Impinj – Results Aren’t Really What They Seem, Revenue Headwinds Upcoming (NASDAQ:PI)

Impinj (PI) recently reported their Q320 results and my thesis, written here has started to play out. The stock dropped about 12% after the 10-Q report was released but has since recovered and is close to its ATH.

We continue to see structural problems and inventory obsolescence risks combined with COVID headwinds leaving us baffled by the 5X revenue multiple valuation.

In Q320 we saw:

  • An increase in working capital and a drawdown in cash of 16.71m
  • Continued build of inventory, especially notable is the build in finished goods, which stands for 65% of inventory compared to 50% a quarter ago.
  • Continued declining revenue and further losses and cash drawdowns.


The Days inventory outstanding decreased slightly from 233 days to 231 days quarter-over-quarter and increased from 161 to 231 year-over-year. The decrease was mainly due to higher COGS and inventory has continued to increase quarter-over-quarter and year-over-year. Most noteworthy about the inventory situation is that more than 65% of the inventory is now finished goods compared to 53% last quarter.

Impinj has recently started ramping a new product, M700. The adaption of this new product would put the existing inventory at risk of obsolescence and with the growth of finished goods we see a continued risk of write-downs in the future.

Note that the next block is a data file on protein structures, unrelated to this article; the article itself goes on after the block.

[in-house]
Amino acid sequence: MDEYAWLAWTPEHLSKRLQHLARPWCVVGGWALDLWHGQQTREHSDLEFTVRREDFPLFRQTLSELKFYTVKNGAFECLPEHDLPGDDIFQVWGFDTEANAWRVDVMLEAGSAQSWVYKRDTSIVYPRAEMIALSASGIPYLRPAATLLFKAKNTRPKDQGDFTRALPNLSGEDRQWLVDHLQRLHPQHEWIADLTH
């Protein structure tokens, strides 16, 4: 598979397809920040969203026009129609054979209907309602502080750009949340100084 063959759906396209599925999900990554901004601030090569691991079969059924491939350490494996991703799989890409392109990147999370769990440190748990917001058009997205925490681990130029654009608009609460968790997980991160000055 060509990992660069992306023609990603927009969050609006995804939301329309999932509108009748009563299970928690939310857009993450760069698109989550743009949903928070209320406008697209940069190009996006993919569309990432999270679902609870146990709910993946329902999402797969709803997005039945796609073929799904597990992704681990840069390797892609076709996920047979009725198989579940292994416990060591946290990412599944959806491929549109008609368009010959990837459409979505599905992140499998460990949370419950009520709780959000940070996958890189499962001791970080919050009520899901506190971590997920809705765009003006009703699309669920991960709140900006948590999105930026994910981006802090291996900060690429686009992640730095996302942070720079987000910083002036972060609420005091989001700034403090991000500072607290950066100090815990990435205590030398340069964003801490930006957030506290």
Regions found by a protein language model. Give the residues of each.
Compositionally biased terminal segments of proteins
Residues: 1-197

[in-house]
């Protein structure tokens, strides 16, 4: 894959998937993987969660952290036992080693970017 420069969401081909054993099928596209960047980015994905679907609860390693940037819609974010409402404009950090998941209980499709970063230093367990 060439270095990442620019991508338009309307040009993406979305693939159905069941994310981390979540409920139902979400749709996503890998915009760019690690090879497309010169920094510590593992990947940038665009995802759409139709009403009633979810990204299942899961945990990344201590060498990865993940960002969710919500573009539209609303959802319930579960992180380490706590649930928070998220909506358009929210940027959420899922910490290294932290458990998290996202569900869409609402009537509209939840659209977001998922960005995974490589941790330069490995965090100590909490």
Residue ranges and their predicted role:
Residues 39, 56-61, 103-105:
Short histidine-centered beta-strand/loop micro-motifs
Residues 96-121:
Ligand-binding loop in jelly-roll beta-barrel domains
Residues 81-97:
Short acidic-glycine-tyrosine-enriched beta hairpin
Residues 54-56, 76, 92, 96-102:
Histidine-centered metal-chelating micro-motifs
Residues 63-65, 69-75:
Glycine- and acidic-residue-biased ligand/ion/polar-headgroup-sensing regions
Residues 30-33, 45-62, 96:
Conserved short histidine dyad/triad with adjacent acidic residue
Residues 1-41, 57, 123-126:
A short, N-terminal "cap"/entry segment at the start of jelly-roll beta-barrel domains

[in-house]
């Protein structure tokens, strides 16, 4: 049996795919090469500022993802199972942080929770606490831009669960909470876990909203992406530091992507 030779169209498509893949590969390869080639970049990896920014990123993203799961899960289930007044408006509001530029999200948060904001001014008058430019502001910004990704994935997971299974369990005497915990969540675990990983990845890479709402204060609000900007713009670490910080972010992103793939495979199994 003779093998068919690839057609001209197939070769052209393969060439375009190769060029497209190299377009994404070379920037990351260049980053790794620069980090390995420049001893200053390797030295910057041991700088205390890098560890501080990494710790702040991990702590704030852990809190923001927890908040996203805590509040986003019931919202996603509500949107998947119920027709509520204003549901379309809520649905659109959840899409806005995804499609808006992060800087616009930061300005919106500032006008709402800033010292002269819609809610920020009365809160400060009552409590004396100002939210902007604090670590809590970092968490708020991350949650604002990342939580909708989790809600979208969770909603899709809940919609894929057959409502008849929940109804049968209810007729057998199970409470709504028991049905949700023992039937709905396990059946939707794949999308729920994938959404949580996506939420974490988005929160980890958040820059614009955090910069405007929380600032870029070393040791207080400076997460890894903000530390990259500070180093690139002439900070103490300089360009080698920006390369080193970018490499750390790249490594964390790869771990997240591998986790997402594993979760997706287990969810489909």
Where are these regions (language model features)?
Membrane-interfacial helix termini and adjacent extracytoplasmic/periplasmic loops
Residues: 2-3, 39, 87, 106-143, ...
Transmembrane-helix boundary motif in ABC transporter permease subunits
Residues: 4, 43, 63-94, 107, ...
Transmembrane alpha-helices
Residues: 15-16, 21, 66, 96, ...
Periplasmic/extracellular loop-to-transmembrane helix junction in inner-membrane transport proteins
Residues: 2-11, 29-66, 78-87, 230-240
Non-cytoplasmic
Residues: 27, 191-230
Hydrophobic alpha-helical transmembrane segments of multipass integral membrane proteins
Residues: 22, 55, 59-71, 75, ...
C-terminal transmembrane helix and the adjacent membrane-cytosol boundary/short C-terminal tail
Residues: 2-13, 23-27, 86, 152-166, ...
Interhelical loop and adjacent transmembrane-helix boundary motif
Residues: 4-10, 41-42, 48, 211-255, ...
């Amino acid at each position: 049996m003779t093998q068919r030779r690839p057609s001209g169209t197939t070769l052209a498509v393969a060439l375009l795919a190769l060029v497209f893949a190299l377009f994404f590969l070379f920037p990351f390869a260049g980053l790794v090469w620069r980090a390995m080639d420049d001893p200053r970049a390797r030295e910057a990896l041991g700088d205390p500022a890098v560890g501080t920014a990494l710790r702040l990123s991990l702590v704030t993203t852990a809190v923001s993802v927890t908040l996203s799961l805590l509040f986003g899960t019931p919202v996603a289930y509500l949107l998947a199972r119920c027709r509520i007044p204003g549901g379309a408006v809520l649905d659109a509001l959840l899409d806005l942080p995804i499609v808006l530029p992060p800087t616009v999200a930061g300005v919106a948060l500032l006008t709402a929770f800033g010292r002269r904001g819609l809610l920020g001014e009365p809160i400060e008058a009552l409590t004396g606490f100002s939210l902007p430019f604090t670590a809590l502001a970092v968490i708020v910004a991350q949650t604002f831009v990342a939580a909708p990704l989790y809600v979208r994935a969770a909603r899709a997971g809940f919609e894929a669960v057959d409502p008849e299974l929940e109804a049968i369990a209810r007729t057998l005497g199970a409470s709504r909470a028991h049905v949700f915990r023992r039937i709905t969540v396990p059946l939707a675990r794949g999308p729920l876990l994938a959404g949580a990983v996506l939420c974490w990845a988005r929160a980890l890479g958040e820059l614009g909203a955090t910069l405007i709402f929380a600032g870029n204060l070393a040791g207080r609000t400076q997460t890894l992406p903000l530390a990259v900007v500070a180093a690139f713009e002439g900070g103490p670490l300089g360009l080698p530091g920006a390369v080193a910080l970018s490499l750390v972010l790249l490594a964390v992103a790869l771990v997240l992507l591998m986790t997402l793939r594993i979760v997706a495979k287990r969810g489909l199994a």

Structural problems

The RFID industry has structural issues and alternative solutions exist that are 75%-95% cheaper which has resulted in slow adaptation for the technology. When retailers decide on adopting barcode or RFID technology, the marginal cost of ink in the barcode system is close to half a penny while RFID average 5-10 cents.

With retailers struggling to survive due to the continued headwinds from the pandemic makes us believe RFID adoption will slow down when competing solutions allow them to keep costs down.

RFID is a technology with deflationary pricing and we believe bigger competitors such as NXP Semiconductor (NXPI) will be able to outcompete Impinj on volume and the economy of scale allows them to reduce prices while remaining profitable

Some of our competitors may devote more resources than we can to the development, promotion, sale and support of their products. Our competitors include companies that have much greater financial, operating, research and development, marketing and other resources than us. These competitors may discount their products to gain market share. In doing so, they could simply accept smaller margins, or they could maintain margins by achieving cost savings through better, more efficient designs or production methods. To gain share, competitors could also bundle near-field communication RFID, or NFC, products with RAIN products, or stationary readers with handheld readers. – 10-Q Q320 p.34

The other problem with RFID chips is that the chip has characteristics of a commodity with customers having policies in place to order from a diverse number of suppliers.

Some of our customers have policies requiring diverse supplier bases to enhance competition and, consequently, maintain multiple RAIN product providers. Consequently, they tend to avoid purchasing exclusively from us or promoting our brand. Our ability to increase order sizes from these customers and maintain or increase our market share is constrained by these policies. 10-Q Q320 p.34